Markets Close Mixed Following Fed's Monetary Policy Statement

The Fed failed to provide an end date on its robust bond buying

U.S. equity markets bounced back and forth between gains and losses, and ended the day mixed as investors tried to read between the lines of the Federal Reserve's statement on monetary policy and its pledge to continue purchasing government and mortgage bonds (more below). The Fed sees the economy strengthening and upgraded its growth forecasts, which some investors may have interpreted as a signal that the party will end sooner than expected.

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U.S. retail sales, a measure of purchases at stores, restaurants, and online, dropped a seasonally adjusted 1.1% in November from the prior month as consumers spent more cautiously. October sales were revised to a decline of 0.1% from an earlier estimate of a 0.3% increase. Sales were up by 4.1% in November when compared with the same month a year ago, but there are more and more signs that this foundation of economic strength is starting to wobble.

What's not wobbling is the investor sentiment behind Bitcoin. The cryptocurrency surpassed $20,000 per Bitcoin for the first time, and more and more legacy financial institutions are embracing and buying it. It's as unpredictable as ever, but long-time HODL'ers have done very well. A $10,000 investment 10 years ago looks pretty good right now.

Bitcoin vs S&P 500 price chart

The Fed Leaves Things Unsaid

As expected, the U.S. Federal Reserve left interest rates unchanged, while upgrading its outlook for the U.S. economy, for a change. The central bank now expects real gross domestic product (GDP) to fall just 2.4% in 2020, compared to a decline of 3.7% predicted in September. The Fed also upped its 2021 real GDP forecast to 4.2% from 4% expected previously.

But investors were listening to see how much longer the Fed will continue to buy at least $120 billion of bonds each month, which has laid the safety net under capital markets. 

The statement from the Federal Open Market Committee (FOMC) didn't provide an end date, but it did say it would continue those purchases “until substantial further progress has been made toward the Committee’s maximum employment and price stability goals.” That's a very Fed-like statement, but without an end date or promises to stay the course for a predetermined period of time, investors may be getting worried that continued economic improvement may prompt the Fed to pull the punch bowl away — leaving investors with a nasty hangover.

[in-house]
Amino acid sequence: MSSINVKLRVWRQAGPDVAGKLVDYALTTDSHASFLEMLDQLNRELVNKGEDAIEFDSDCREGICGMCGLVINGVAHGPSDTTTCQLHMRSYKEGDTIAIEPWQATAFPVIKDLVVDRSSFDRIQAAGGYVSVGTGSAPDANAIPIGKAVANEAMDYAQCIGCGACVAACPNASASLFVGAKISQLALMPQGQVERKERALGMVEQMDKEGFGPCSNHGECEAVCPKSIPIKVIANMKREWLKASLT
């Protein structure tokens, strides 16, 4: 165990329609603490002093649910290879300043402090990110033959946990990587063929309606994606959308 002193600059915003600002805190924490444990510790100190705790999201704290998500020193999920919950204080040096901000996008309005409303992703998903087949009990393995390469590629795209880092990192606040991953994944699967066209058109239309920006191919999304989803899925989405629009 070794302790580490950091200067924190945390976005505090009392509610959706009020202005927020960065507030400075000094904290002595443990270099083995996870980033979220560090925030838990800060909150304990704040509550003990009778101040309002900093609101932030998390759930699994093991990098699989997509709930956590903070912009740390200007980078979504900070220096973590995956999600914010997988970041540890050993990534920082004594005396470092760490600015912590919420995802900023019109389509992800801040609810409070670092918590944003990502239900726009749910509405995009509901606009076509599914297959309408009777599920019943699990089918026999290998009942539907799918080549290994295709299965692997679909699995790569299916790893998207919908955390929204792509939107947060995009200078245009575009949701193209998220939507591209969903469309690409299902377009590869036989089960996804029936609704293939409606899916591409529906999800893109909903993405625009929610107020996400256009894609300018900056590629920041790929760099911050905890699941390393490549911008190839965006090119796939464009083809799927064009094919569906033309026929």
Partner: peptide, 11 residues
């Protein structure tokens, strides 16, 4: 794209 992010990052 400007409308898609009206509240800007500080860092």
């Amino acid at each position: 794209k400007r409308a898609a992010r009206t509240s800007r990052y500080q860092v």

FRED graph
Chart courtesy Federal Reserve Economic Data.

ETFs Find Consciousness

The harmonic vibrations and rising climate of consciousness among some investors has made 2020 a blockbuster year for environmental, social, and governance (ESG) and socially responsible investment (SRI) ETFs.

$27.4 billion has poured into ETFs using those wrappers in 2020, representing a doubling of assets in those products, according to FactSet. Asset managers have launched 31 ESG-related ETFs so far this year, nearly double last year's sum of 16 and bringing the total number of products in the U.S. to more than 100. BlackRock has been the most prolific of the issuers, but it's been industry-wide as more and more investors are choosing to invest along with their ethics. 

What's curious is that Facebook is one of the most widely-held stocks in ESG and SRI ETFs — so it's always worth checking to see what's in the basket to make sure you want it in your portfolio.

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